with option -spat, slashpatterns like \t \q \xnn are supported.
   due to syntax limitations of the command shell, it may help
   - to use \q instead of \"   (avoids quote miscounting at shell)
   - to use \x26 instead of &  (if ampersand is behaving unexpected)

quoted variable expansion
   when using sfk variables which contain filenames, like in
      run "copy #(src) #(dst)"
   then spaces in filenames require enquoting. when using -spat
   and \q it may cause conflicts if the filename itself contains
   known slash patterns, like \t in file 'mydir\thebar.txt'.
   to avoid this you can use (with sfk run only):
      run "copy #(qsrc) #(qdst)"
   which will surround variable contents by double quotes.

quoted multi line parameters are supported in scripts
   using parm trim. type "sfk script" for details.

temporary or permanent output files
   if run output is post-processed by command chaining, e.g. run ... +filter,
   sfk creates temporary files to collect the output. by default, these files
   are deleted when run finishes. say "sfk help options" for more on this.
   specify -to targetdir\$file to write command output into a permanent
   target fileset. required directories are created automatically.
   -to accepts the same mask as run itself, e.g. -to "mydir\$path\$base.tmp"
   by default, standard output AND standard error stream are written to file.
   add 2>nul to your command to strip the error stream.

return code by variable
   sfk variable run.lastrc contains the return code of the external
   program called. if multiple files were processed then it contains
   only the rc of the last file.

command chaining notes
   sfk run "...$path..." +nextcmd: will pass directories, not filenames.
   sfk run ... -to tmp\$file +nextcmd: will pass output filenames, not input.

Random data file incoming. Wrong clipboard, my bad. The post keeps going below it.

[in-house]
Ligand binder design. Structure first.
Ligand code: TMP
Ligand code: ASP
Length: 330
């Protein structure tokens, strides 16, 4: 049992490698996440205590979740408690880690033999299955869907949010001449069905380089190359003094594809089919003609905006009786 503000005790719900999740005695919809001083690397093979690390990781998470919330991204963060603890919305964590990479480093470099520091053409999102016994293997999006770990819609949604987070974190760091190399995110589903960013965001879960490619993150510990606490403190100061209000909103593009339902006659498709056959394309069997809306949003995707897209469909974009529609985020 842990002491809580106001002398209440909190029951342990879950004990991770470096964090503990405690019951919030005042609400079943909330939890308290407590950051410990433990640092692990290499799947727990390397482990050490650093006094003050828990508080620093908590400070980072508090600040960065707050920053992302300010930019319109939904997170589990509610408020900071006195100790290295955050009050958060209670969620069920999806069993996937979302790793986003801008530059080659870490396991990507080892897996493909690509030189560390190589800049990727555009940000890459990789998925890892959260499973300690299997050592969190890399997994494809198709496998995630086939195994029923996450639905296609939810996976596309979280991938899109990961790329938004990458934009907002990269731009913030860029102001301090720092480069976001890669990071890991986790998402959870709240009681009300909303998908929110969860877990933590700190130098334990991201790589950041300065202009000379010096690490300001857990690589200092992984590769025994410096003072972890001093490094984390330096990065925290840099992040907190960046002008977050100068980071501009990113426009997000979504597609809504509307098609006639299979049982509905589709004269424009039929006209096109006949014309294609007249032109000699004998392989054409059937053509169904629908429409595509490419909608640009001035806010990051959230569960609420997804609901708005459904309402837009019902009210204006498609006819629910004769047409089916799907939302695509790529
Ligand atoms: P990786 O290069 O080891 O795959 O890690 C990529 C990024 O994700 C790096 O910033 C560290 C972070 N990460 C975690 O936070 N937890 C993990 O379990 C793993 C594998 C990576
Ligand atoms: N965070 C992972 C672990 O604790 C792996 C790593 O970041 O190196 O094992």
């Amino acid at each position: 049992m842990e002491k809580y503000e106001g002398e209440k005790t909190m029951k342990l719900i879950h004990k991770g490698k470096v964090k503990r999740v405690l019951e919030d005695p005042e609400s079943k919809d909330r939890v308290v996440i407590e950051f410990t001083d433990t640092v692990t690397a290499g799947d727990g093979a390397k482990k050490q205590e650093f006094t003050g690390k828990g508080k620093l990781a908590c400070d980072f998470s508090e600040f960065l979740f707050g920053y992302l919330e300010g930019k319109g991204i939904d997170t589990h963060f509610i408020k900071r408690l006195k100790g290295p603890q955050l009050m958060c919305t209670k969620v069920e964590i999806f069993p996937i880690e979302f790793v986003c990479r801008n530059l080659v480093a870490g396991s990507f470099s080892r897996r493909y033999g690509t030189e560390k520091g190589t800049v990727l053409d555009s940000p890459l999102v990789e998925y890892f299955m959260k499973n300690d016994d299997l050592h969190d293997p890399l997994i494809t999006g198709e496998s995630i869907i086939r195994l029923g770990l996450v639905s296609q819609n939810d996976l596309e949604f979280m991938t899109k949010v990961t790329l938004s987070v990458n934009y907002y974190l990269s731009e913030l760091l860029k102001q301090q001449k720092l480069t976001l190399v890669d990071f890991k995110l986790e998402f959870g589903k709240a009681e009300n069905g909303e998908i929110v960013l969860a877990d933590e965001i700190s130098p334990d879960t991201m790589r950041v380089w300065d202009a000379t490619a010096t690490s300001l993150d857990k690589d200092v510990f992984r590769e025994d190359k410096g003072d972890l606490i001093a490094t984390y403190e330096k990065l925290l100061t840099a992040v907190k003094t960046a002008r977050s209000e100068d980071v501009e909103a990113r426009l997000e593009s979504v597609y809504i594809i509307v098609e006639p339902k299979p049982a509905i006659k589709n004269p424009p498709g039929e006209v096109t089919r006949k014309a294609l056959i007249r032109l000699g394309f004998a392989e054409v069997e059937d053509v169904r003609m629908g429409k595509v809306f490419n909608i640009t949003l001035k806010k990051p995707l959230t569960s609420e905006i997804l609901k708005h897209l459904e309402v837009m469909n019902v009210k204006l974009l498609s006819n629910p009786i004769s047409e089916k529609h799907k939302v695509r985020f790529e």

sfk run ... +run: will pass unchanged input filename list.

see also
   sfk perline  run sfk command(s) per text input line.
   sfk runloop  run commands using a loop counter.

web reference

   sfk run "attrib -R $qfile" -quiet testfiles\FooBank\BarDriver
      removes readonly attribute on all files within BarDriver
   sfk run "<img src=$quottext>" -dir . -file .jpg -nohead >index.html
      create html-style image list of all jpegs (using just simulation).
      note that option -nohead removes the [simulating:] info text lines.
   type dirlist.txt | sfk run -idirs "xcopy \"x:\$path\" \"z:\$path\" /I /D"
      update-copy all directories from dirlist.txt from x: to z:
   sfk run "diff oldsrc\$file newsrc\$file" -relnames -sincediff oldsrc newsrc
      compare directories, run "diff" on all files with different content.
   sfk run "diff $qsince $qfile" -sincediff oldsrc newsrc
      same as above, only shorter and safer (including quotes around filenames).
   sfk run "zip $qfile" -since 20070131 . .java .jsp
      collect .java and .jsp files added/changed since 31-Jan-2007 into a zip file.
   sfk list testfiles .txt +run vi
      open all .txt files in vi. $qfile is added automatically.
   sfk sel . .avi +run "ffmpeg -i $file -f image -t .02 thumbs\$base-%d.jpg"